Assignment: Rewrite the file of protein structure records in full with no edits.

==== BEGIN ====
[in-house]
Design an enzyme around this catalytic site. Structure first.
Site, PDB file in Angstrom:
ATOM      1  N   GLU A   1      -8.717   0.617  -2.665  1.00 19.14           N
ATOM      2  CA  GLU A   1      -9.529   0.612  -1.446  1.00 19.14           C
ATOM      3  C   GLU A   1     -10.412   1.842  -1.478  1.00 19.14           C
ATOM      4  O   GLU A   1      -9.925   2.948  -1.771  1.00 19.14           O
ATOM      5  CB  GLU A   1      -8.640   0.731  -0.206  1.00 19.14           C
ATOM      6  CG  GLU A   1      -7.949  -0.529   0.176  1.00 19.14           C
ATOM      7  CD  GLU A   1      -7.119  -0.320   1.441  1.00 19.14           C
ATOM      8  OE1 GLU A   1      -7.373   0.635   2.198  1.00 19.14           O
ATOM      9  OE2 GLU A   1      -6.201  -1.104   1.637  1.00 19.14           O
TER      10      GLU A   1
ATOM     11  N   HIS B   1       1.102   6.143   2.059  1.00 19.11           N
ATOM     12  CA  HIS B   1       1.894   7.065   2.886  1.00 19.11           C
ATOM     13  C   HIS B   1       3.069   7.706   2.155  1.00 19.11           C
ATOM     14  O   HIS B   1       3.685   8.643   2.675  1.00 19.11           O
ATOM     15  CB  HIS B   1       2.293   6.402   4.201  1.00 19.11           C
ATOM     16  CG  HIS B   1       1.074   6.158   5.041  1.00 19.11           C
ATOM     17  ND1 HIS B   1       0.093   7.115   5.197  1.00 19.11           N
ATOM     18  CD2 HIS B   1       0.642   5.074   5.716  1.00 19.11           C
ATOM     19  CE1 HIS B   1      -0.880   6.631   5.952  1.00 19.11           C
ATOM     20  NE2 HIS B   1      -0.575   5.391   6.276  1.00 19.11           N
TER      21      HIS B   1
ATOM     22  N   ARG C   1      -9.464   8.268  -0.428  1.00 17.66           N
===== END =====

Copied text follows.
[in-house]
Design an enzyme around this catalytic site. Structure first.
Site, PDB file in Angstrom:
ATOM      1  N   GLU A   1      -8.717   0.617  -2.665  1.00 19.14           N
ATOM      2  CA  GLU A   1      -9.529   0.612  -1.446  1.00 19.14           C
ATOM      3  C   GLU A   1     -10.412   1.842  -1.478  1.00 19.14           C
ATOM      4  O   GLU A   1      -9.925   2.948  -1.771  1.00 19.14           O
ATOM      5  CB  GLU A   1      -8.640   0.731  -0.206  1.00 19.14           C
ATOM      6  CG  GLU A   1      -7.949  -0.529   0.176  1.00 19.14           C
ATOM      7  CD  GLU A   1      -7.119  -0.320   1.441  1.00 19.14           C
ATOM      8  OE1 GLU A   1      -7.373   0.635   2.198  1.00 19.14           O
ATOM      9  OE2 GLU A   1      -6.201  -1.104   1.637  1.00 19.14           O
TER      10      GLU A   1
ATOM     11  N   HIS B   1       1.102   6.143   2.059  1.00 19.11           N
ATOM     12  CA  HIS B   1       1.894   7.065   2.886  1.00 19.11           C
ATOM     13  C   HIS B   1       3.069   7.706   2.155  1.00 19.11           C
ATOM     14  O   HIS B   1       3.685   8.643   2.675  1.00 19.11           O
ATOM     15  CB  HIS B   1       2.293   6.402   4.201  1.00 19.11           C
ATOM     16  CG  HIS B   1       1.074   6.158   5.041  1.00 19.11           C
ATOM     17  ND1 HIS B   1       0.093   7.115   5.197  1.00 19.11           N
ATOM     18  CD2 HIS B   1       0.642   5.074   5.716  1.00 19.11           C
ATOM     19  CE1 HIS B   1      -0.880   6.631   5.952  1.00 19.11           C
ATOM     20  NE2 HIS B   1      -0.575   5.391   6.276  1.00 19.11           N
TER      21      HIS B   1
ATOM     22  N   ARG C   1      -9.464   8.268  -0.428  1.00 17.66           N